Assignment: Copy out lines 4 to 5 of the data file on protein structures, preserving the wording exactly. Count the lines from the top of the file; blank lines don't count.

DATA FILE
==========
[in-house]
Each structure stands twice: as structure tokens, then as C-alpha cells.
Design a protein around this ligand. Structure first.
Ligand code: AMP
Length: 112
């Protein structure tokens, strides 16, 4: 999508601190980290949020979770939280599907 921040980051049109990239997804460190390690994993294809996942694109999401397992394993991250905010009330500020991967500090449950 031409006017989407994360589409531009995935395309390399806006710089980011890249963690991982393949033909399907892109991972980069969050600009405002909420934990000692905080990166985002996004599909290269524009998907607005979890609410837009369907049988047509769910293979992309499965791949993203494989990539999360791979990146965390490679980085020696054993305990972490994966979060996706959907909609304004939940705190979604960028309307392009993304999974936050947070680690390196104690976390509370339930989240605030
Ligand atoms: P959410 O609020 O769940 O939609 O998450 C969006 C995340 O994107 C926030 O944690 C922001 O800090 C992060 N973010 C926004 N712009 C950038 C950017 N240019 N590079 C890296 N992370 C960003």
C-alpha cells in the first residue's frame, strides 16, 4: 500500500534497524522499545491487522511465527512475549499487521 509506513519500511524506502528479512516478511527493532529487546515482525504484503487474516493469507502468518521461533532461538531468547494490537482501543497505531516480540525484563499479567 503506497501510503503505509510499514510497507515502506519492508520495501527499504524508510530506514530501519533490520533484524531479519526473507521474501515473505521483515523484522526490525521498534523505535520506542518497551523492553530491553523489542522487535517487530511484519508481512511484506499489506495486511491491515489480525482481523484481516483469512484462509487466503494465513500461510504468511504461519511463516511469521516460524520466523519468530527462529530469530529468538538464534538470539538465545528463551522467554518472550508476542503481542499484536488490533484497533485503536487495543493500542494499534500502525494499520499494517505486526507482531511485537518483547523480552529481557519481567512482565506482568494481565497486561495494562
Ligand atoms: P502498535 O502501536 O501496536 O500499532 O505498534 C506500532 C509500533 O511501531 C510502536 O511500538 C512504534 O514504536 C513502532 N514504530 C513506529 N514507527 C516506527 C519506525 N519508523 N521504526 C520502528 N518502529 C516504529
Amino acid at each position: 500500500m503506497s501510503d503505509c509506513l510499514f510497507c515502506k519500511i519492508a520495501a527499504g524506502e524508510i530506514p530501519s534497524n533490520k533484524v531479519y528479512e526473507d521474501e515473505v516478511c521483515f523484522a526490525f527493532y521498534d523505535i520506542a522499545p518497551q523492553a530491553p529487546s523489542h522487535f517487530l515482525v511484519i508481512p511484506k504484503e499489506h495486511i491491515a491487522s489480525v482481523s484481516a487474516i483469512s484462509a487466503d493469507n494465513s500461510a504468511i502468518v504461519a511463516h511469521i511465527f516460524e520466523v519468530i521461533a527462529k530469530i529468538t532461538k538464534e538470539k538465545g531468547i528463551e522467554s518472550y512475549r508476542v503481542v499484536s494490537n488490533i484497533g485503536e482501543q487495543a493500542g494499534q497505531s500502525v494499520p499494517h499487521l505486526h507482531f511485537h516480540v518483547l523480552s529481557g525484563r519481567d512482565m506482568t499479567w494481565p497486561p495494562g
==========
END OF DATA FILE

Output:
Ligand code: AMP
Length: 112